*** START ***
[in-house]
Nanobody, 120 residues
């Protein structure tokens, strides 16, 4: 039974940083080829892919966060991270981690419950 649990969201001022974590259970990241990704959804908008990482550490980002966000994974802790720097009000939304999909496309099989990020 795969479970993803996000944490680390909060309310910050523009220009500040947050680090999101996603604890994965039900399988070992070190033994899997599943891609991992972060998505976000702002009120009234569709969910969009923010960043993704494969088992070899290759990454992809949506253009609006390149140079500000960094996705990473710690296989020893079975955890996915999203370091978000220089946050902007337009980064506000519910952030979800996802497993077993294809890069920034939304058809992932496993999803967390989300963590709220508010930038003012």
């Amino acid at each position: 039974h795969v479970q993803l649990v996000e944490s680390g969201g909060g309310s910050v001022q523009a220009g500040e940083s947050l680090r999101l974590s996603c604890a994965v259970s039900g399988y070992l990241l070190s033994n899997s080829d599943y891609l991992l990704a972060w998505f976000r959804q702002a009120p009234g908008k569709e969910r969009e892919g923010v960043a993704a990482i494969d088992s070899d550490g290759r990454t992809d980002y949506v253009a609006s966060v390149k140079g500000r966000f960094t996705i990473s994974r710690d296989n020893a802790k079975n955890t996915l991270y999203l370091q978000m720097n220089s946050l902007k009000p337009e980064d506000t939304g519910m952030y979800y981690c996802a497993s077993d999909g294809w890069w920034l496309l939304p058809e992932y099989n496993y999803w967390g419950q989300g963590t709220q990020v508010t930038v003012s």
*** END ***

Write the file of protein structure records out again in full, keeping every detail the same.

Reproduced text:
[in-house]
Nanobody, 120 residues
């Protein structure tokens, strides 16, 4: 039974940083080829892919966060991270981690419950 649990969201001022974590259970990241990704959804908008990482550490980002966000994974802790720097009000939304999909496309099989990020 795969479970993803996000944490680390909060309310910050523009220009500040947050680090999101996603604890994965039900399988070992070190033994899997599943891609991992972060998505976000702002009120009234569709969910969009923010960043993704494969088992070899290759990454992809949506253009609006390149140079500000960094996705990473710690296989020893079975955890996915999203370091978000220089946050902007337009980064506000519910952030979800996802497993077993294809890069920034939304058809992932496993999803967390989300963590709220508010930038003012």
């Amino acid at each position: 039974h795969v479970q993803l649990v996000e944490s680390g969201g909060g309310s910050v001022q523009a220009g500040e940083s947050l680090r999101l974590s996603c604890a994965v259970s039900g399988y070992l990241l070190s033994n899997s080829d599943y891609l991992l990704a972060w998505f976000r959804q702002a009120p009234g908008k569709e969910r969009e892919g923010v960043a993704a990482i494969d088992s070899d550490g290759r990454t992809d980002y949506v253009a609006s966060v390149k140079g500000r966000f960094t996705i990473s994974r710690d296989n020893a802790k079975n955890t996915l991270y999203l370091q978000m720097n220089s946050l902007k009000p337009e980064d506000t939304g519910m952030y979800y981690c996802a497993s077993d999909g294809w890069w920034l496309l939304p058809e992932y099989n496993y999803w967390g419950q989300g963590t709220q990020v508010t930038v003012s």